SEATTLE - Pat Shanahan, Vice President and General Manager of the 787 Program provided a wide ranging briefing in which he laid out the areas of responsibility for each of the six flight test 787 aircraft.
The flight test program, according to program sources, is scheduled to begin in late October of this year, though Boeing has targeted the entire fourth quarter as the window for first flight.
Dreamliner One (ZA001), which is set to be the first 787 to fly, will begin the flight test program by validating the structural and aerodynamic performance of the aircraft.
Shanahan detailed the global stage the 787 flight test program will take place on.
"This is the really fun part if you're a flight test engineer," said Shanahan. "Pack your bags, head down to Victorville, California to do take off and landing and performance tests, then to Roswell [New Mexico] to do brake tests, go to Bolivia for high and hot, and planned Iceland or Alaska and get to do some really crazy things."
The first airplane will be demonstrating classic flight test manuvers such as stalls and giant windmill turns.
Dreamliner Two (ZA002) will occupy its time in the flight test program by rigorously testing the systems of the 787.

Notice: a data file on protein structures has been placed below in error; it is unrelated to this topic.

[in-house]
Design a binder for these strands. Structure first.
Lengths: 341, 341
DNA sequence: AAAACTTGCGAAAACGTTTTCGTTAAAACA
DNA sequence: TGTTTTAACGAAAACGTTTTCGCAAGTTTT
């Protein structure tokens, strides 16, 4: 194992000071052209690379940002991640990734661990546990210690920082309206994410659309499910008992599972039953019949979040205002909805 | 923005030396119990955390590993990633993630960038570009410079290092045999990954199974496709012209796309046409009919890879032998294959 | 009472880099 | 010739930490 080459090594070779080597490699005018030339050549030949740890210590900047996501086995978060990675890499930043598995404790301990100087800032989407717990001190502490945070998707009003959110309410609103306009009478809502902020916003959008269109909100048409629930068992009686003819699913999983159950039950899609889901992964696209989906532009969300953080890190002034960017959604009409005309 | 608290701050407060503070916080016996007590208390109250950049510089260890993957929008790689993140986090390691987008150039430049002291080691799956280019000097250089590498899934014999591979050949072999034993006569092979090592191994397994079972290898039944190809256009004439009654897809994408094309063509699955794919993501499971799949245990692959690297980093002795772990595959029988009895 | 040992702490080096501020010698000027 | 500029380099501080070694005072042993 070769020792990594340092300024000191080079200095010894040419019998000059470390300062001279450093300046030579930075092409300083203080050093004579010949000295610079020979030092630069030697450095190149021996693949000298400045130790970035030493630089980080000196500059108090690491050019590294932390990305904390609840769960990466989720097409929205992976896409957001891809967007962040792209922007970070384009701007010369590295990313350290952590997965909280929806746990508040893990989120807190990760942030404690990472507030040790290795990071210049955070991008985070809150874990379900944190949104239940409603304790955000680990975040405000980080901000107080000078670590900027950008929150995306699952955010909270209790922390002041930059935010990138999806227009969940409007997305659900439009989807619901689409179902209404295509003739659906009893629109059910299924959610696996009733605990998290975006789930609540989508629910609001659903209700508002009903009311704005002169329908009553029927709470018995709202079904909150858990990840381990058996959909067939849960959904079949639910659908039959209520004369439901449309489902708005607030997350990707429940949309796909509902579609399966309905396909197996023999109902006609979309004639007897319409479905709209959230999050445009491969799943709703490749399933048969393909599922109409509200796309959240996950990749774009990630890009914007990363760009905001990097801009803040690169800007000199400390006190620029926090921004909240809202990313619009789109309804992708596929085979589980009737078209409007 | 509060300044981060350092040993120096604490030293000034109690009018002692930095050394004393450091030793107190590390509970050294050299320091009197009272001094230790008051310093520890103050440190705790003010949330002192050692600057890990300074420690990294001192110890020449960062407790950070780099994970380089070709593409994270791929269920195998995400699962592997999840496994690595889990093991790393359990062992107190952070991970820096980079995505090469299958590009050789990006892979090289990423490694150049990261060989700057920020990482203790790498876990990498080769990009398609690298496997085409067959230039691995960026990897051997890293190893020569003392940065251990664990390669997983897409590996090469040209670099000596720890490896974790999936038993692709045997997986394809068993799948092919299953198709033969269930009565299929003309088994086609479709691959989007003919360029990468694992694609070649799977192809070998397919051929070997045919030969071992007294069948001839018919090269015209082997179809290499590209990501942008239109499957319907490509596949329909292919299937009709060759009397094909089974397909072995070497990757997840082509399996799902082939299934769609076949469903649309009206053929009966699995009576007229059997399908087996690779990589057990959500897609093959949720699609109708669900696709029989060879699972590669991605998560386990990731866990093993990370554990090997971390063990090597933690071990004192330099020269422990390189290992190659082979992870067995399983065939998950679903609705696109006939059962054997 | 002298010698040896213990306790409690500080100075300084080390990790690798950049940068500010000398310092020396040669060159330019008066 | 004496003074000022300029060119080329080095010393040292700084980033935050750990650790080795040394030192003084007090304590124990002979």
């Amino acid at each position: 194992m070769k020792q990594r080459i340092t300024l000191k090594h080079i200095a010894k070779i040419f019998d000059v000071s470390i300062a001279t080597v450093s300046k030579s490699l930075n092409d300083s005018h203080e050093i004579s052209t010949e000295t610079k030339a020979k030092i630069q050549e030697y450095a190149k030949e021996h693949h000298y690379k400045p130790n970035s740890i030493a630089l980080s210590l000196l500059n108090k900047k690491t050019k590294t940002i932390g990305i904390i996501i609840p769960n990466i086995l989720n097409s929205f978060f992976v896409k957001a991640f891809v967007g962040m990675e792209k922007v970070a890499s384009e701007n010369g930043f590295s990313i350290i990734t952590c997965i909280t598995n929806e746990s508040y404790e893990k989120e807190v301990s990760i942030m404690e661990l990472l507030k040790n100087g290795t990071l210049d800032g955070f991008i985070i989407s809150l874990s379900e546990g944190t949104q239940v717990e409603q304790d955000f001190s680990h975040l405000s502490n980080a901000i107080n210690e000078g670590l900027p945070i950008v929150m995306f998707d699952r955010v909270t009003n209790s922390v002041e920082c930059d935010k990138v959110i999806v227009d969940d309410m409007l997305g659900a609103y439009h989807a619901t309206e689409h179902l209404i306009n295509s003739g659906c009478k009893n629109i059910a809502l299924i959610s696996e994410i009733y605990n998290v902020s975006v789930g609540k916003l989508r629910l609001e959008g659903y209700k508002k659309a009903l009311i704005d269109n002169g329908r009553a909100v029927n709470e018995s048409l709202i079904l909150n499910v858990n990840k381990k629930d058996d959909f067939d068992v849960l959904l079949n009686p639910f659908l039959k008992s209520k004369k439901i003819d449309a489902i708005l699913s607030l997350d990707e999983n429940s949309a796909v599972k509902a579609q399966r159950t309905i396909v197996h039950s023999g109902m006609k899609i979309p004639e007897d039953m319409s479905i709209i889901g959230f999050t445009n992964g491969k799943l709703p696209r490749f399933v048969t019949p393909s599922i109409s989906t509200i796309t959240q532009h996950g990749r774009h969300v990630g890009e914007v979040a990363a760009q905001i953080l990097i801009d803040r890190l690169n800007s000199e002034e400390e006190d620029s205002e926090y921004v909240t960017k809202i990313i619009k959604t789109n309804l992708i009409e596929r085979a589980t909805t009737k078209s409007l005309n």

"Do the radios work? Is there noise? How do the displays work?" said Shanahan. "Does the symbology do the things they're supposed to do? Are there time delays that are unacceptable."
Shanahan also added that Dreamliner Two will test the in-flight relight capability of the Trent 1000 engines. The same tests will also be conducted on the ground as well.
Dreamliner Three, which will feature the signature 787 interior, will demonstrate the passenger environment. For example, Boeing will test the cabin air system, passenger noise levels and the behavior of interior structure.
Dreamliner Four and Five will be used for validation for the Rolls-Royce Trent 1000 and General Electric GEnx engines respectively. Dreamliner Four will also undergo high speed testing while Dreamliner Five will incorporate elements of the testing from Dreamliners One through Four in order to gain certification for a GEnx powered 787.
Lastly, Dreamliner Six is to test the service readiness of the 787 Dreamliner.
According to program sources, all 787 flight test aircraft are expected to be airborne by the beginning of January 2009.
Dreamliner Seven will be the first production 787 and will be delivered to ANA in the 3rd quarter of 2009.
Read the complete post at http://www.flightglobal.com/blogs/flightblogger/2008/05/boeing-outlines-roles-for-787.html
Tue, May 20 2008 3:20 AM
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